But Frost and Lewis had calculated that Brussels could blackmail London because the Brexit divorce deal imposed a new bureaucracy on trade across the Irish Sea – by leaving Northern Ireland in the EU's single market for goods – London by enacting an agreement on its own Conditions to extort the threat of tariffs on goods from the mainland.

Within weeks of the government's introduction of the law, the EU collapsed: Cabinet Minister Michael Gove agreed with European Commission Vice-President Maros Sefcovic that in the event of a no deal, 98 percent of goods crossing the Irish Sea would be customs duties would be free. Now that a deal has been struck, it's 100 percent.

A source from the UK negotiating team said: “The EU threatened to separate Northern Ireland from the mainland.

"Michael's deal removed its leverage and ensured we got much better terms in the final deal on issues like fish and EU regulations."

When the cabinet met last week to discuss the deal, Mr Gove reiterated the prime minister, saying that the single market law was a tactic that "unlocked the outcome".

Downing Street officials are full of praise for "calm, serene, and professional" Frau von der Leyen – or "VDL" as the negotiators called her – for breaking the impasse created by Mr Barnier's stubbornness and the sheer self-interest was caused by Emmanuel Macron and Angela Merkel.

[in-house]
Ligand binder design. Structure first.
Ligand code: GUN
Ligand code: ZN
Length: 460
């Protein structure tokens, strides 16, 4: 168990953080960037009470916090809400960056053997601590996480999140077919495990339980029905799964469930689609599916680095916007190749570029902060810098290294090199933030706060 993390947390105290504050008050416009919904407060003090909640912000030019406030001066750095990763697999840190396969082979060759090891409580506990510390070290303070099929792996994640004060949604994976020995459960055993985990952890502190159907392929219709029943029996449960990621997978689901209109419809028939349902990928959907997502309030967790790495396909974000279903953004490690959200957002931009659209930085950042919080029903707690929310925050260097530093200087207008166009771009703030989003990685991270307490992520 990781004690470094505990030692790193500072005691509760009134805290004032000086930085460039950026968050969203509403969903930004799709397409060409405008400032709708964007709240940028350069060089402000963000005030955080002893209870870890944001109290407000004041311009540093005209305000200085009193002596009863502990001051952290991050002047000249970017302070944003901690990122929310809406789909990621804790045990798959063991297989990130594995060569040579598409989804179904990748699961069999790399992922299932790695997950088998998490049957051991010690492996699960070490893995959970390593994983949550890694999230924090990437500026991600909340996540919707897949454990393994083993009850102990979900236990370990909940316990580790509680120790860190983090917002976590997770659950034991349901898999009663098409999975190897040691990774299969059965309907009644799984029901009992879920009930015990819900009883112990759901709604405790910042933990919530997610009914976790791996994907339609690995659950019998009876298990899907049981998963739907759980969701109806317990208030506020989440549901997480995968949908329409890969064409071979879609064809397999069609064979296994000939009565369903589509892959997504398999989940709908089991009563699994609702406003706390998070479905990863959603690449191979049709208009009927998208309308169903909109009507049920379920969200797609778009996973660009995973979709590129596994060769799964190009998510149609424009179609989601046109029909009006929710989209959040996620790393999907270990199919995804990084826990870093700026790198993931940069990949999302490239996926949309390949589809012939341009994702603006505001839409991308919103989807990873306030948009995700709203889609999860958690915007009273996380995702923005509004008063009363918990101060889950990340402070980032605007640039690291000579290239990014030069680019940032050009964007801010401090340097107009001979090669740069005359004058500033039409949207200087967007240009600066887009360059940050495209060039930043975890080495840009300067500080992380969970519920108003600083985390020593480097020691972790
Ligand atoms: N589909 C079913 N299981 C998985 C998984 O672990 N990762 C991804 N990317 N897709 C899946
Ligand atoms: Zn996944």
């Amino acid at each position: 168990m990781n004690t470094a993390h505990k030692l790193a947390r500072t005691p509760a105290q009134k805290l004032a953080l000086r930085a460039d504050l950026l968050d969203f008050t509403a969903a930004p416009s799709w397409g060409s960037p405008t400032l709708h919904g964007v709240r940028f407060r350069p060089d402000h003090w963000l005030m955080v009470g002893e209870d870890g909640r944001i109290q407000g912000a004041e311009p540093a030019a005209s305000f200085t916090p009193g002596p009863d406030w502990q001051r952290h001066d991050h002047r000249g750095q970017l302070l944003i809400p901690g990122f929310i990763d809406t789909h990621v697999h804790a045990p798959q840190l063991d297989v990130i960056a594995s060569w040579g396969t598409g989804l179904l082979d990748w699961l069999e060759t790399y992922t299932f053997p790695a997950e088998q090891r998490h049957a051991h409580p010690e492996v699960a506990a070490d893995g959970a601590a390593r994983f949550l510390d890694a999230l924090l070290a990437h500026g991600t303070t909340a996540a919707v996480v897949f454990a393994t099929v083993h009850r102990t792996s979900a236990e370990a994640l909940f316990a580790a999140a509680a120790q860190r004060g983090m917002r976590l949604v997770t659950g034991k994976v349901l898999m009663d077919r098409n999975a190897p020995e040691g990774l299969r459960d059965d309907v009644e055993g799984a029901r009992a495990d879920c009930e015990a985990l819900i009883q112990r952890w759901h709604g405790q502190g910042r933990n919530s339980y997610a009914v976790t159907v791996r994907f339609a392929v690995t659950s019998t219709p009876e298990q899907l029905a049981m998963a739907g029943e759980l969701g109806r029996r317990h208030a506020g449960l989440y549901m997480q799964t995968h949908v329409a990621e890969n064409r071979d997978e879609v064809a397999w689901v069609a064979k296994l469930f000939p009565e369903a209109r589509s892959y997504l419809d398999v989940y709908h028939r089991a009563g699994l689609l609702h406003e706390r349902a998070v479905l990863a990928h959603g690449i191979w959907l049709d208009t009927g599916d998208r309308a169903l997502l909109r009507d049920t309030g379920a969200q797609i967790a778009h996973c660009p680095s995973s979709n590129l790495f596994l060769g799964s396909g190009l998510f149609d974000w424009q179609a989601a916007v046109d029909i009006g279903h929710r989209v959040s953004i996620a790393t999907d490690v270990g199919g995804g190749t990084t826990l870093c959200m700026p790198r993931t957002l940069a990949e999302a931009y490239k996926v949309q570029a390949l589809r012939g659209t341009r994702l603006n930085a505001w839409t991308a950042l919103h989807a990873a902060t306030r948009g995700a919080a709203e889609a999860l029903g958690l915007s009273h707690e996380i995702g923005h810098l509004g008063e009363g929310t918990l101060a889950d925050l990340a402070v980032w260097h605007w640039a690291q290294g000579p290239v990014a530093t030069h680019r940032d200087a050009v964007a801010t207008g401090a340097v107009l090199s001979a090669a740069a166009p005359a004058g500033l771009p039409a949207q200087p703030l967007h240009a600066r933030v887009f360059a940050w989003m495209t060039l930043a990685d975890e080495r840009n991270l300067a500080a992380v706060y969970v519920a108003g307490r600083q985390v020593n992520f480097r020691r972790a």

The source added, “In October we broke intransigence. VDL had already wounded Barnier by vetoing that the European Court of Justice should remain supreme authority over Britain, but when we landed the Single Market Act on it, it completely killed him. & # 39;

It was a complicated advertisement.

No. 10 had hoped that Mr Johnson and Mrs von der Leyen's scallops, turbot and pavlova dinner in Brussels on December 9th would bring a breakthrough, as Britain proposed an agreement based on the acceptance of certain tariffs in return for the Exemption from EU regulations was based.

But behind the scenes, French President Macron and Chancellor Merkel opposed the idea, fearing that Britain would appear on its doorstep as a dynamic and attractive Singapore-style market.

That fear prompted the UK's determination to crawl on broken glass – as a negotiator told The Mail on Sunday – before it got a deal, and explains why the plan “tariffs for freedom “Got a cool response.